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Trauma and Identity: Better Development in Fictional Characters and Narratives

Nikkola Brown
Nikkola Brown
Faculty Adviser(s)

This project is the culmination of two semesters of work regarding ethical depictions of trauma within prose writing. This research serves to answer the question of "How should writers properly fictionalize trauma-based narratives and characters in order to prevent harming audiences?" Trauma should inform our narratives and characters to make all writing, especially fiction, a safe and welcoming environment. After all, it is with our readers that a work’s lessons are shared and kept alive. If we are to exclude a reader, even accidentally, we are harming them, our craft, and our work. Using the novels Beloved (1987), Maus (1993), and Monkey Bridge (1997) alongside a variety of secondary sources including literary criticism, I researched how the authors have accurately captured trauma and traumatized protagonists within their works. In order to engage in literary citizenship, writers must be aware of how our depictions can affect our audiences. With this research, I have produced a craft essay and a fiction excerpt modeling the strategies learned from authors used within my study.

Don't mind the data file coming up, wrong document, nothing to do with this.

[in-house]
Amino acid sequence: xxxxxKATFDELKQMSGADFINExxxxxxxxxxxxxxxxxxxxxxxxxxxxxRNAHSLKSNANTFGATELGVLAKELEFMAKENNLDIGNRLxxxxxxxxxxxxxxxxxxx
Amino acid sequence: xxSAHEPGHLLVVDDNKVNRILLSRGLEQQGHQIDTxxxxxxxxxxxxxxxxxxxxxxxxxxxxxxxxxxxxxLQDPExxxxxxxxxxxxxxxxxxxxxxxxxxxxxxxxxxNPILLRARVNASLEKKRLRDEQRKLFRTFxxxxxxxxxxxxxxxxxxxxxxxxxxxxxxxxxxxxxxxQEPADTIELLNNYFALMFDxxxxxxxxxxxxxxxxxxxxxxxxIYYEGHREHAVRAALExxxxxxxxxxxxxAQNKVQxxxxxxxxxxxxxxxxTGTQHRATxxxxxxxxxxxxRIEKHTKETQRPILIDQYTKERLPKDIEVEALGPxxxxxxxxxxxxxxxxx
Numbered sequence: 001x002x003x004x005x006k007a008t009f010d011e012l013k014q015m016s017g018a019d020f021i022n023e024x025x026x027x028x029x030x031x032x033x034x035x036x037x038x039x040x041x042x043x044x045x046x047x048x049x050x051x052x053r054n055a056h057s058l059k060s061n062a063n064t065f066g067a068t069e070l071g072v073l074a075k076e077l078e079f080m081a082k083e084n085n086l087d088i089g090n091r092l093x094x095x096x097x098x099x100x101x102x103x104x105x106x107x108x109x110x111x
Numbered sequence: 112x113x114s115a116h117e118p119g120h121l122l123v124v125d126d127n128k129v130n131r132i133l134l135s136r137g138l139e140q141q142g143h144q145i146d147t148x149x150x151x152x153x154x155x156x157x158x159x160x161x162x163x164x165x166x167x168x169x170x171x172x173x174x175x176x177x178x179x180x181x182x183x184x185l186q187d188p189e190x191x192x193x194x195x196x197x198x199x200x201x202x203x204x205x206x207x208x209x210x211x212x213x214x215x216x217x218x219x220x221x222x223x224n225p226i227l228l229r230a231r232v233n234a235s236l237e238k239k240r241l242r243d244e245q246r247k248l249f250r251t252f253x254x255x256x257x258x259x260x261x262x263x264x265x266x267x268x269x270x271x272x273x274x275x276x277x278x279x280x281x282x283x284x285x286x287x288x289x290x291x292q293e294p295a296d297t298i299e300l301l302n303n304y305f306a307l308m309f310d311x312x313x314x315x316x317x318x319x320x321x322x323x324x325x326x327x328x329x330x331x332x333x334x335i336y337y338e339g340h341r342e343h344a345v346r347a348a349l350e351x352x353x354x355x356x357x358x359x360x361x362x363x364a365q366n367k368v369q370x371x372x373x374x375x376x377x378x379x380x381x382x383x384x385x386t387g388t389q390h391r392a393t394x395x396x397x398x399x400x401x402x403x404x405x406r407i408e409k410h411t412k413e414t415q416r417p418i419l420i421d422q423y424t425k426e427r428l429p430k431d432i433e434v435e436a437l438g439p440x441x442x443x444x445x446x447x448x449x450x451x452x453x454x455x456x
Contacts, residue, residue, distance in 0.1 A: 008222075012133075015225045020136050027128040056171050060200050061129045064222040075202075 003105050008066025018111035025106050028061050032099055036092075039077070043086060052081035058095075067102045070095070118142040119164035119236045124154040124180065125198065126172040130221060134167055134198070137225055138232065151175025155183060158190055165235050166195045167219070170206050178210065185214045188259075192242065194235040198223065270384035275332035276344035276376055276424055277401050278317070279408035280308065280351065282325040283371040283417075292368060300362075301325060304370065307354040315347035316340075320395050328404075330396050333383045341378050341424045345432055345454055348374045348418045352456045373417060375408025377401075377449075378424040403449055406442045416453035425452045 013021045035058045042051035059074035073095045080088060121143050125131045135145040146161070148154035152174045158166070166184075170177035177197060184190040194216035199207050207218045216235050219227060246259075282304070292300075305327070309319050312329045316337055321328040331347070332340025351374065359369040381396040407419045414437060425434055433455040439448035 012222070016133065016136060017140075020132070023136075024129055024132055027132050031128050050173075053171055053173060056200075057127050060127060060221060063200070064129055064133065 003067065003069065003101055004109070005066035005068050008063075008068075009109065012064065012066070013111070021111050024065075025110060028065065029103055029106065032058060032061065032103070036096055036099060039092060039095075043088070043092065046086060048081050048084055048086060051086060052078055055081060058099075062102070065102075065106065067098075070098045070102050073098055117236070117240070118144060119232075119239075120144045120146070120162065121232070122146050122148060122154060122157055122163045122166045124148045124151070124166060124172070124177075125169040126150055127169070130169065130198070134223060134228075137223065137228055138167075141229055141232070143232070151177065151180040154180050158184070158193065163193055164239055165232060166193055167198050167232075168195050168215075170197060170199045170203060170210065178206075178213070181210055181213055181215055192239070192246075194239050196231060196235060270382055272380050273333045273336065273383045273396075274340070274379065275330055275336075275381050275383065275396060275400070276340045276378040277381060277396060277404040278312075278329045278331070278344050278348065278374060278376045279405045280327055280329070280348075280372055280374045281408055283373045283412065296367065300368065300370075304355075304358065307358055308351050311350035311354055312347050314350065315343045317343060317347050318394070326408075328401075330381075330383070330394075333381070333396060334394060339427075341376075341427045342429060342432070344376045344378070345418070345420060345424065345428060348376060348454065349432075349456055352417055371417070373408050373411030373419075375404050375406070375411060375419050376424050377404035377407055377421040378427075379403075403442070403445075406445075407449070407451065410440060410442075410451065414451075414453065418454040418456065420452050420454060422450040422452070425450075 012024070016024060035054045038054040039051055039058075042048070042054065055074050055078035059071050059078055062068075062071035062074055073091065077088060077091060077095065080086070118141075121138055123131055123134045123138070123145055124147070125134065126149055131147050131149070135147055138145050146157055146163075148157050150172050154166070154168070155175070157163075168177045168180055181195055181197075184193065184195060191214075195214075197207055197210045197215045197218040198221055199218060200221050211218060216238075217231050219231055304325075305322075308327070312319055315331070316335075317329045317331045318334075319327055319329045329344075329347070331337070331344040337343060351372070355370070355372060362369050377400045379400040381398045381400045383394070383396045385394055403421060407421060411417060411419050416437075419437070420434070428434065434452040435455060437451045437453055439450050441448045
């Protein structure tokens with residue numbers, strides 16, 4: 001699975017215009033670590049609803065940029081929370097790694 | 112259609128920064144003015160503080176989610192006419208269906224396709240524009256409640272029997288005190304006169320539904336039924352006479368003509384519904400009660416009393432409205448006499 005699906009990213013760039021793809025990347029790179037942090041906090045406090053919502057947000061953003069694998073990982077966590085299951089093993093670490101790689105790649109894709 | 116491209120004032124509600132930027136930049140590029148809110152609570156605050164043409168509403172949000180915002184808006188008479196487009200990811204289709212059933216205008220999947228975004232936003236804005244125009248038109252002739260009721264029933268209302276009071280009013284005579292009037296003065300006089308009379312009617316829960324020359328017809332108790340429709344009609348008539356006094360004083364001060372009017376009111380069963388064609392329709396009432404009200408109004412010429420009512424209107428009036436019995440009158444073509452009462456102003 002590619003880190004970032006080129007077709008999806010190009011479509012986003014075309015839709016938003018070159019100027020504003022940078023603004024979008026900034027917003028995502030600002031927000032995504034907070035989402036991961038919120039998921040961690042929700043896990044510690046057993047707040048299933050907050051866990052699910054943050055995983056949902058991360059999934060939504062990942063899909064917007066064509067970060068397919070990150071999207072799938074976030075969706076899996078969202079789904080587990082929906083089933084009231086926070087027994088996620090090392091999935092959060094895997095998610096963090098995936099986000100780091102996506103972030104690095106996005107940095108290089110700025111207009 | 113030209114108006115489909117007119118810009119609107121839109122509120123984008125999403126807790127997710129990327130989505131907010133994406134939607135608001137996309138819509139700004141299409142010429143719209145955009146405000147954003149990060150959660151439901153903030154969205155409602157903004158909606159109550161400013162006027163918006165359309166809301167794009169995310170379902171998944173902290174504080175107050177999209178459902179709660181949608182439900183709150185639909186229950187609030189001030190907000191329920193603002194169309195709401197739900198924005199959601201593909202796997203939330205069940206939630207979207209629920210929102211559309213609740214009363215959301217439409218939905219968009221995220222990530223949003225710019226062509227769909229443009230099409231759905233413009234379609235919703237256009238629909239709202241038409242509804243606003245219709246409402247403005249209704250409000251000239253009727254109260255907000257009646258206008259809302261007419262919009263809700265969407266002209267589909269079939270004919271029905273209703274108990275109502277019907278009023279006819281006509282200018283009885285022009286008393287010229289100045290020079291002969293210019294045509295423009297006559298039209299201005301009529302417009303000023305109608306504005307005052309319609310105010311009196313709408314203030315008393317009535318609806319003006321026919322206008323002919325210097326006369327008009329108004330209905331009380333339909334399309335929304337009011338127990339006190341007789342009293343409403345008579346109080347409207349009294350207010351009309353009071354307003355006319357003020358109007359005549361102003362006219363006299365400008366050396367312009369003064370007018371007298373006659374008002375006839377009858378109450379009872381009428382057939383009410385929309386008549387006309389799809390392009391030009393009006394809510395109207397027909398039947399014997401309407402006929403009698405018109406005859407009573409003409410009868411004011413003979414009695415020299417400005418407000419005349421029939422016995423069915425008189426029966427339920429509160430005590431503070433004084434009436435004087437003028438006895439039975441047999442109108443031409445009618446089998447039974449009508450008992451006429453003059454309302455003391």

Nikkola Brown is a Creative Writing, English, and Health Humanities triple major who spends most of her time reading and writing. Born and raised in Winston-Salem, North Carolina, Nikkola spent her early years working towards a goal in STEM, only to discover her true passion in the humanities. She has hopes of attending graduate school to pursue degrees in English and Creative Writing to achieve her goal of becoming a professor.